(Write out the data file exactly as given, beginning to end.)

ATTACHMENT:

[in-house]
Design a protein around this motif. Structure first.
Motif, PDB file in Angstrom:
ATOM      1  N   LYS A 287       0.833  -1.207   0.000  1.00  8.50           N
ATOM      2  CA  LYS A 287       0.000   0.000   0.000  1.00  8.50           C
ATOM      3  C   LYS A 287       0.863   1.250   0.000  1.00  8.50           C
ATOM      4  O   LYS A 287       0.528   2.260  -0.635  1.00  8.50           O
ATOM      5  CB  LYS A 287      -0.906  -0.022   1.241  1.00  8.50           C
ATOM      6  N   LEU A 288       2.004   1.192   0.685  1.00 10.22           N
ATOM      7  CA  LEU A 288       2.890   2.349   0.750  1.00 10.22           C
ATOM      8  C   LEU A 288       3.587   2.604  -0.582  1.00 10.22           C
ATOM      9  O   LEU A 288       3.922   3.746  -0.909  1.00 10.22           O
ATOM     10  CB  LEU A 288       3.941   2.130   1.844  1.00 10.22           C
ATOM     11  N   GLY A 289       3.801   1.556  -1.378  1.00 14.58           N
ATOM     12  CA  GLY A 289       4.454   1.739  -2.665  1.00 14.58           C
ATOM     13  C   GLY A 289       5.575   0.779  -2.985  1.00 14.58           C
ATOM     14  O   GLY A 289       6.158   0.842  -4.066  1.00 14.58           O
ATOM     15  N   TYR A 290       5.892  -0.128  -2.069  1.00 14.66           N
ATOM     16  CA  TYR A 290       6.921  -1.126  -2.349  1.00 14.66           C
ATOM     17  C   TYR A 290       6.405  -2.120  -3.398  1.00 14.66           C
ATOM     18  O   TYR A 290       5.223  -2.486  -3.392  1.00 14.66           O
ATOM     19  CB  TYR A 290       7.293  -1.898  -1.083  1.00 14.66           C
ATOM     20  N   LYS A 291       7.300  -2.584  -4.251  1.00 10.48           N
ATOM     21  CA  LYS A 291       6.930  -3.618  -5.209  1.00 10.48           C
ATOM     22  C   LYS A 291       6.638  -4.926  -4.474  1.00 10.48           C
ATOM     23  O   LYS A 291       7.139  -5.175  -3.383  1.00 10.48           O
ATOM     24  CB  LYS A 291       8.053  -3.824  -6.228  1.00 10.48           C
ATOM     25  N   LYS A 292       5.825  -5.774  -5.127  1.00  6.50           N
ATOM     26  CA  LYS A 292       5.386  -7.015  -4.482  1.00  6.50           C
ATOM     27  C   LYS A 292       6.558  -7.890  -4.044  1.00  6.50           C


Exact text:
[in-house]
Design a protein around this motif. Structure first.
Motif, PDB file in Angstrom:
ATOM      1  N   LYS A 287       0.833  -1.207   0.000  1.00  8.50           N
ATOM      2  CA  LYS A 287       0.000   0.000   0.000  1.00  8.50           C
ATOM      3  C   LYS A 287       0.863   1.250   0.000  1.00  8.50           C
ATOM      4  O   LYS A 287       0.528   2.260  -0.635  1.00  8.50           O
ATOM      5  CB  LYS A 287      -0.906  -0.022   1.241  1.00  8.50           C
ATOM      6  N   LEU A 288       2.004   1.192   0.685  1.00 10.22           N
ATOM      7  CA  LEU A 288       2.890   2.349   0.750  1.00 10.22           C
ATOM      8  C   LEU A 288       3.587   2.604  -0.582  1.00 10.22           C
ATOM      9  O   LEU A 288       3.922   3.746  -0.909  1.00 10.22           O
ATOM     10  CB  LEU A 288       3.941   2.130   1.844  1.00 10.22           C
ATOM     11  N   GLY A 289       3.801   1.556  -1.378  1.00 14.58           N
ATOM     12  CA  GLY A 289       4.454   1.739  -2.665  1.00 14.58           C
ATOM     13  C   GLY A 289       5.575   0.779  -2.985  1.00 14.58           C
ATOM     14  O   GLY A 289       6.158   0.842  -4.066  1.00 14.58           O
ATOM     15  N   TYR A 290       5.892  -0.128  -2.069  1.00 14.66           N
ATOM     16  CA  TYR A 290       6.921  -1.126  -2.349  1.00 14.66           C
ATOM     17  C   TYR A 290       6.405  -2.120  -3.398  1.00 14.66           C
ATOM     18  O   TYR A 290       5.223  -2.486  -3.392  1.00 14.66           O
ATOM     19  CB  TYR A 290       7.293  -1.898  -1.083  1.00 14.66           C
ATOM     20  N   LYS A 291       7.300  -2.584  -4.251  1.00 10.48           N
ATOM     21  CA  LYS A 291       6.930  -3.618  -5.209  1.00 10.48           C
ATOM     22  C   LYS A 291       6.638  -4.926  -4.474  1.00 10.48           C
ATOM     23  O   LYS A 291       7.139  -5.175  -3.383  1.00 10.48           O
ATOM     24  CB  LYS A 291       8.053  -3.824  -6.228  1.00 10.48           C
ATOM     25  N   LYS A 292       5.825  -5.774  -5.127  1.00  6.50           N
ATOM     26  CA  LYS A 292       5.386  -7.015  -4.482  1.00  6.50           C
ATOM     27  C   LYS A 292       6.558  -7.890  -4.044  1.00  6.50           C